Russian Orthodox Church fires Archpriest for 'obstruction' of icon transfer

By Alexander Marrow

(Reuters) - Patriarch Kirill, head of the Russian Orthodox Church, on Saturday dismissed his expert on art and restoration for obstructing the transfer of a historic 15th-century Trinity icon to the Church from a Moscow museum.

Russian President Vladimir Putin had decided that the icon be handed over to the Church from Moscow's Tretyakov Gallery because of its importance to believers, the Kremlin said this week.

Archpriest Leonid Kalinin, head of the Moscow Patriarchate’s expert council on church art, architecture and restoration, told the Interfax news agency this week that dialogue between the museum and the church was being conducted "in good faith", after experts determined that the icon needed restoration work.

On Saturday, Patriarch Kirill decreed that Kalinin be dismissed from his post "in connection with the obstruction of bringing the icon" to Moscow's Cathedral of Christ the Saviour. Kalinin was also banned from the priesthood, according to the note published on the Russian Orthodox Church's website.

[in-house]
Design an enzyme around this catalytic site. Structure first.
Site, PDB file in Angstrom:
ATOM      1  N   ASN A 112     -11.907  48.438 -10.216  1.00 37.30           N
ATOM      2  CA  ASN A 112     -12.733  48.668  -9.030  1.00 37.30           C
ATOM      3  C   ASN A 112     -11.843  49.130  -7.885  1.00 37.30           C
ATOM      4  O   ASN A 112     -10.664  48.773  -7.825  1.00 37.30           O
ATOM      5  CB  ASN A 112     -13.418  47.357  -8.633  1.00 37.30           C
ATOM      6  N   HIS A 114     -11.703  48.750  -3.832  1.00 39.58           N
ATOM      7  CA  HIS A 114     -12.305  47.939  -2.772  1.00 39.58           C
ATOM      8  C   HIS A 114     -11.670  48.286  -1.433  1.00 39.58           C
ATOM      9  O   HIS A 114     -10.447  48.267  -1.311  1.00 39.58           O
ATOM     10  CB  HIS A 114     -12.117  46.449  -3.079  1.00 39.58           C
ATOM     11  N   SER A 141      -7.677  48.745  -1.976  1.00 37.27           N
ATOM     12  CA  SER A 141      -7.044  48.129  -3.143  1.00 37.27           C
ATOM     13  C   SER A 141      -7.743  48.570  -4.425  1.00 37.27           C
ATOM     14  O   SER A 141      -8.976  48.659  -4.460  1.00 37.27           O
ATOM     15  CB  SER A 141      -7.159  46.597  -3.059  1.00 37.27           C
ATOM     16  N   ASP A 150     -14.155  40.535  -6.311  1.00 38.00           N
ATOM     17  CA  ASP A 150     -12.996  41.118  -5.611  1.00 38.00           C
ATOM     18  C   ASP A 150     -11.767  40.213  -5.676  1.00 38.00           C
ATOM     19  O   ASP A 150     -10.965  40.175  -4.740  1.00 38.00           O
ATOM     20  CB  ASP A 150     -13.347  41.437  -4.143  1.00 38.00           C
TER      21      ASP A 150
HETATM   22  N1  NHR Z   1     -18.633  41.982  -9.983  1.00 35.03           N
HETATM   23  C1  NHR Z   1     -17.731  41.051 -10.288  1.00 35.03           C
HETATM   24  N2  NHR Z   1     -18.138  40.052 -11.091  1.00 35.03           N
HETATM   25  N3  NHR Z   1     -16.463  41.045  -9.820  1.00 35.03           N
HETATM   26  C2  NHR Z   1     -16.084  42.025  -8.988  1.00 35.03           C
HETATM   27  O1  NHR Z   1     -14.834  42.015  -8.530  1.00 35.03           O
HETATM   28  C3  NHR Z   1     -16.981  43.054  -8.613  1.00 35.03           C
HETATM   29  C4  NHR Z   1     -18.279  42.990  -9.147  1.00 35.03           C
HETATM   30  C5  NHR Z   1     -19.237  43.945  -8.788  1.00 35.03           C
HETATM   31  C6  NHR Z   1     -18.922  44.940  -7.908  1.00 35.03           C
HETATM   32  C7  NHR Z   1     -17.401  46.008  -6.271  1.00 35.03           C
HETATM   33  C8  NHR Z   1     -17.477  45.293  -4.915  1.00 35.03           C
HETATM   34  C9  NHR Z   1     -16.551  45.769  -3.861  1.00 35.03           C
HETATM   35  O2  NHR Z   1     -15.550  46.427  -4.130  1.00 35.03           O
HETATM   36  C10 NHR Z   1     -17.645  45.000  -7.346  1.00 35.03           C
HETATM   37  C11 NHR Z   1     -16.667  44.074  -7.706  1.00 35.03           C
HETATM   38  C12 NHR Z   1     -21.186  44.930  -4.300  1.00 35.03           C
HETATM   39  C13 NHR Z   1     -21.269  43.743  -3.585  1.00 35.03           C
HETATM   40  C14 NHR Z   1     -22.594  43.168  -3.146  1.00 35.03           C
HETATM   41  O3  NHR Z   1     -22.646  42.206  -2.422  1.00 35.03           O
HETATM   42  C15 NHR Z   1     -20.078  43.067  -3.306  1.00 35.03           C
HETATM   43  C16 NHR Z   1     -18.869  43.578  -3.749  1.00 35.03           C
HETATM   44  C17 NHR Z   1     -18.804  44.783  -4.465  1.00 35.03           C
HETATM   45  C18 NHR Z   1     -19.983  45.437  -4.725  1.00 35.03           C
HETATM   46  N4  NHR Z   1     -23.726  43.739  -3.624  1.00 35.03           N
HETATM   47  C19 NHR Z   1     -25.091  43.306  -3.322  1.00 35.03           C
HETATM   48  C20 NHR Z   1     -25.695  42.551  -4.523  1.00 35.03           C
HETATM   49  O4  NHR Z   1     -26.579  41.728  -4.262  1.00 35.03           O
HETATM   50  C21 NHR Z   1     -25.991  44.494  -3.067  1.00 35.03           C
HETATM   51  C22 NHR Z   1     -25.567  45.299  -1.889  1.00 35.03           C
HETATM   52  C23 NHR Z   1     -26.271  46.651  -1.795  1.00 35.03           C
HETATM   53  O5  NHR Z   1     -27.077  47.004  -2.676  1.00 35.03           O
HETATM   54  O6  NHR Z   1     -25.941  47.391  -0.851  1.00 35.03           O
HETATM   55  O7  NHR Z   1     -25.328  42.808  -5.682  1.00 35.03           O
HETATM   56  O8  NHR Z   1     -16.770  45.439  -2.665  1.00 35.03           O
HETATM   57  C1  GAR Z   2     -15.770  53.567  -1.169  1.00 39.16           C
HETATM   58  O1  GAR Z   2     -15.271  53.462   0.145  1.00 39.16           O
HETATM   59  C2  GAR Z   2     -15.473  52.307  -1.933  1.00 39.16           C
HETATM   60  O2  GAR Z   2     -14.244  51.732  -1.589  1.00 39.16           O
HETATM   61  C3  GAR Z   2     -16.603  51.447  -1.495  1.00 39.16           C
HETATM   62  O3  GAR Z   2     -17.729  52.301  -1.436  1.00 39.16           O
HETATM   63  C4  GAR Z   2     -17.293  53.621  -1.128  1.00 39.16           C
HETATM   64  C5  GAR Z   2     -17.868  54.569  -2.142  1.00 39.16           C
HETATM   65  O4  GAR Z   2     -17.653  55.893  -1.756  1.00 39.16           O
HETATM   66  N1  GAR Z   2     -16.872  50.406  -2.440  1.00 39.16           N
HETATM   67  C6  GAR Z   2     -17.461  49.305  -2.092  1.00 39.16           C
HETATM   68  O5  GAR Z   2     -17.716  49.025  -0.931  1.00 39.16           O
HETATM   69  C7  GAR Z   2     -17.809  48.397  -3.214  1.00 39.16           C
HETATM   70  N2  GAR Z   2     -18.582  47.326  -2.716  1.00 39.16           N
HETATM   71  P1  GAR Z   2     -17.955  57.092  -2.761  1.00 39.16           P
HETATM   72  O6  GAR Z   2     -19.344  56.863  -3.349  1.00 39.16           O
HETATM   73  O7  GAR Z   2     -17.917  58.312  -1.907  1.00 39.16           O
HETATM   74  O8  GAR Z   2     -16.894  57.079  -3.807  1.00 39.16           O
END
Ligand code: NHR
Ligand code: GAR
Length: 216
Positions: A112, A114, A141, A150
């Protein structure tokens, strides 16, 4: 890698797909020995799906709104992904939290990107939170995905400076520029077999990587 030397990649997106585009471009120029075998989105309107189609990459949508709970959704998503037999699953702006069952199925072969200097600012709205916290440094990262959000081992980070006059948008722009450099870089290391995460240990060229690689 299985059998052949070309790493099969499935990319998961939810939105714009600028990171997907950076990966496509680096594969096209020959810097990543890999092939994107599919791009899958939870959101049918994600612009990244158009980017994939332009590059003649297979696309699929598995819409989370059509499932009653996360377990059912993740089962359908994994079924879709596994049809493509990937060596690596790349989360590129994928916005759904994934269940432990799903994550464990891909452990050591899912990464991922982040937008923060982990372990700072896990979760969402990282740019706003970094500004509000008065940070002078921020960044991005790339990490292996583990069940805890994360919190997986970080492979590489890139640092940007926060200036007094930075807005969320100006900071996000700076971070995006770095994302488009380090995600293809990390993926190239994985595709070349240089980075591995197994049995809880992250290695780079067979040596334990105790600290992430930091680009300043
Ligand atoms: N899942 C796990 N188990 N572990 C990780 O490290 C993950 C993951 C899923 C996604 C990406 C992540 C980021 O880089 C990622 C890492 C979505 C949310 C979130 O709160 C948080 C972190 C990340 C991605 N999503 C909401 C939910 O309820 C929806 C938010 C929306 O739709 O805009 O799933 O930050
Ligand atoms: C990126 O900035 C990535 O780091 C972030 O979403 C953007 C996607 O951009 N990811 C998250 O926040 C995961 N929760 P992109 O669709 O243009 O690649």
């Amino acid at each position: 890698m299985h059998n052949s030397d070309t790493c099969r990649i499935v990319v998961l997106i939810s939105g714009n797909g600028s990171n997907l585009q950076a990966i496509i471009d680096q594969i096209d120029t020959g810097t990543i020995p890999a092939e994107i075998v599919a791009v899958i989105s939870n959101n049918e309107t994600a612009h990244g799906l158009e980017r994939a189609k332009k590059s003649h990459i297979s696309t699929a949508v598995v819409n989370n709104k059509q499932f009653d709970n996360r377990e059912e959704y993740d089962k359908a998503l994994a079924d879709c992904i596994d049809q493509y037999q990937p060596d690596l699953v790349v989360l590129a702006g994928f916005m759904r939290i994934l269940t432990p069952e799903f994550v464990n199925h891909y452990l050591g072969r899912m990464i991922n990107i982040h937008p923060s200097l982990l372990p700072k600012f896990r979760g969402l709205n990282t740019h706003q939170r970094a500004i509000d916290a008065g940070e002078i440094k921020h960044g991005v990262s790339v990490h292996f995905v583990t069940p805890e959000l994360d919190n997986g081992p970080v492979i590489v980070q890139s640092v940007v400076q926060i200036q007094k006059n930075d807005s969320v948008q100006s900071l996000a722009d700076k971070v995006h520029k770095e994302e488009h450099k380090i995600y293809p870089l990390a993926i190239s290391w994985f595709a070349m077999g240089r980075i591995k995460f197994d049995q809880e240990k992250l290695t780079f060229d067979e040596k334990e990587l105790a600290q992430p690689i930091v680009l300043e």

"Seemingly, I made some mistake," the TASS news agency quoted Kalinin as saying on Saturday.

The Church, whose conservatism Putin has espoused as part of his vision for Russia's national identity, is one of the most ardent institutional supporters of Russia’s war in Ukraine. Patriarch Kirill said last year that those who died fighting in Ukraine would be purged of their sins.

Icons are stylised, often gilded religious paintings considered sacred in Eastern Orthodox Churches.

Andrei Rublyov's Trinity, one of the holiest and most artistically important Russian icons, is thought to have been painted to honour Saint Sergius of Radonezh in Sergiyev Posad, near Moscow. It depicts three angels who visited Abraham at the Oak of Mamre in the Book of Genesis, the first of the Bible.

The icon has been transferred several times during periods of internal strife.

In 1929, the authorities of the officially atheist communist Soviet Union put it in the Tretyakov Gallery. During World War Two it was put into safe storage for a time.

(Reporting by Alexander Marrow; edited by Clelia Oziel)